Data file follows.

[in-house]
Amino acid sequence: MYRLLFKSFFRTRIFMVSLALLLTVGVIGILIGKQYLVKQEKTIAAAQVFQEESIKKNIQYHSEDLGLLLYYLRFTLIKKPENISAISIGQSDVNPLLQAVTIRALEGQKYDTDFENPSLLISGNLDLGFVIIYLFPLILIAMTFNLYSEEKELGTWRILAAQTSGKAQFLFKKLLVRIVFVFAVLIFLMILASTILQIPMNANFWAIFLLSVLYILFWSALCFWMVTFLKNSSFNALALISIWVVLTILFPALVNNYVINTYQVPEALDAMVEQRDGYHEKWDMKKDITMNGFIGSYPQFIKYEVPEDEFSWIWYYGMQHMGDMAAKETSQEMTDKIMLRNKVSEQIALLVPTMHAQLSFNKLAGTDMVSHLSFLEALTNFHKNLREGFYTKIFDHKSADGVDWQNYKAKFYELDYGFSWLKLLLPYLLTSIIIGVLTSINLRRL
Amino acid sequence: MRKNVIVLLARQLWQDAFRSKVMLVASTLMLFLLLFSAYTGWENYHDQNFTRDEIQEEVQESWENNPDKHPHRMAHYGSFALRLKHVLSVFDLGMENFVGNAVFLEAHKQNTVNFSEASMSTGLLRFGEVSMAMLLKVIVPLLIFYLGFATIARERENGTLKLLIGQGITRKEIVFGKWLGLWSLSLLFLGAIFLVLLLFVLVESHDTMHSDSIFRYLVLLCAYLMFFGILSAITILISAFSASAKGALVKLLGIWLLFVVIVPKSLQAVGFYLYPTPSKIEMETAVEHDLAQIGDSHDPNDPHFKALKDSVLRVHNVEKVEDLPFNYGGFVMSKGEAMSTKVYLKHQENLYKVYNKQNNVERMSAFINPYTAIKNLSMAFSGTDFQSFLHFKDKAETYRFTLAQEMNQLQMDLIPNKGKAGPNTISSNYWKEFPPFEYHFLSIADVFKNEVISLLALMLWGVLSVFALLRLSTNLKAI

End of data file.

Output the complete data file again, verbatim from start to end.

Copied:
[in-house]
Amino acid sequence: MYRLLFKSFFRTRIFMVSLALLLTVGVIGILIGKQYLVKQEKTIAAAQVFQEESIKKNIQYHSEDLGLLLYYLRFTLIKKPENISAISIGQSDVNPLLQAVTIRALEGQKYDTDFENPSLLISGNLDLGFVIIYLFPLILIAMTFNLYSEEKELGTWRILAAQTSGKAQFLFKKLLVRIVFVFAVLIFLMILASTILQIPMNANFWAIFLLSVLYILFWSALCFWMVTFLKNSSFNALALISIWVVLTILFPALVNNYVINTYQVPEALDAMVEQRDGYHEKWDMKKDITMNGFIGSYPQFIKYEVPEDEFSWIWYYGMQHMGDMAAKETSQEMTDKIMLRNKVSEQIALLVPTMHAQLSFNKLAGTDMVSHLSFLEALTNFHKNLREGFYTKIFDHKSADGVDWQNYKAKFYELDYGFSWLKLLLPYLLTSIIIGVLTSINLRRL
Amino acid sequence: MRKNVIVLLARQLWQDAFRSKVMLVASTLMLFLLLFSAYTGWENYHDQNFTRDEIQEEVQESWENNPDKHPHRMAHYGSFALRLKHVLSVFDLGMENFVGNAVFLEAHKQNTVNFSEASMSTGLLRFGEVSMAMLLKVIVPLLIFYLGFATIARERENGTLKLLIGQGITRKEIVFGKWLGLWSLSLLFLGAIFLVLLLFVLVESHDTMHSDSIFRYLVLLCAYLMFFGILSAITILISAFSASAKGALVKLLGIWLLFVVIVPKSLQAVGFYLYPTPSKIEMETAVEHDLAQIGDSHDPNDPHFKALKDSVLRVHNVEKVEDLPFNYGGFVMSKGEAMSTKVYLKHQENLYKVYNKQNNVERMSAFINPYTAIKNLSMAFSGTDFQSFLHFKDKAETYRFTLAQEMNQLQMDLIPNKGKAGPNTISSNYWKEFPPFEYHFLSIADVFKNEVISLLALMLWGVLSVFALLRLSTNLKAI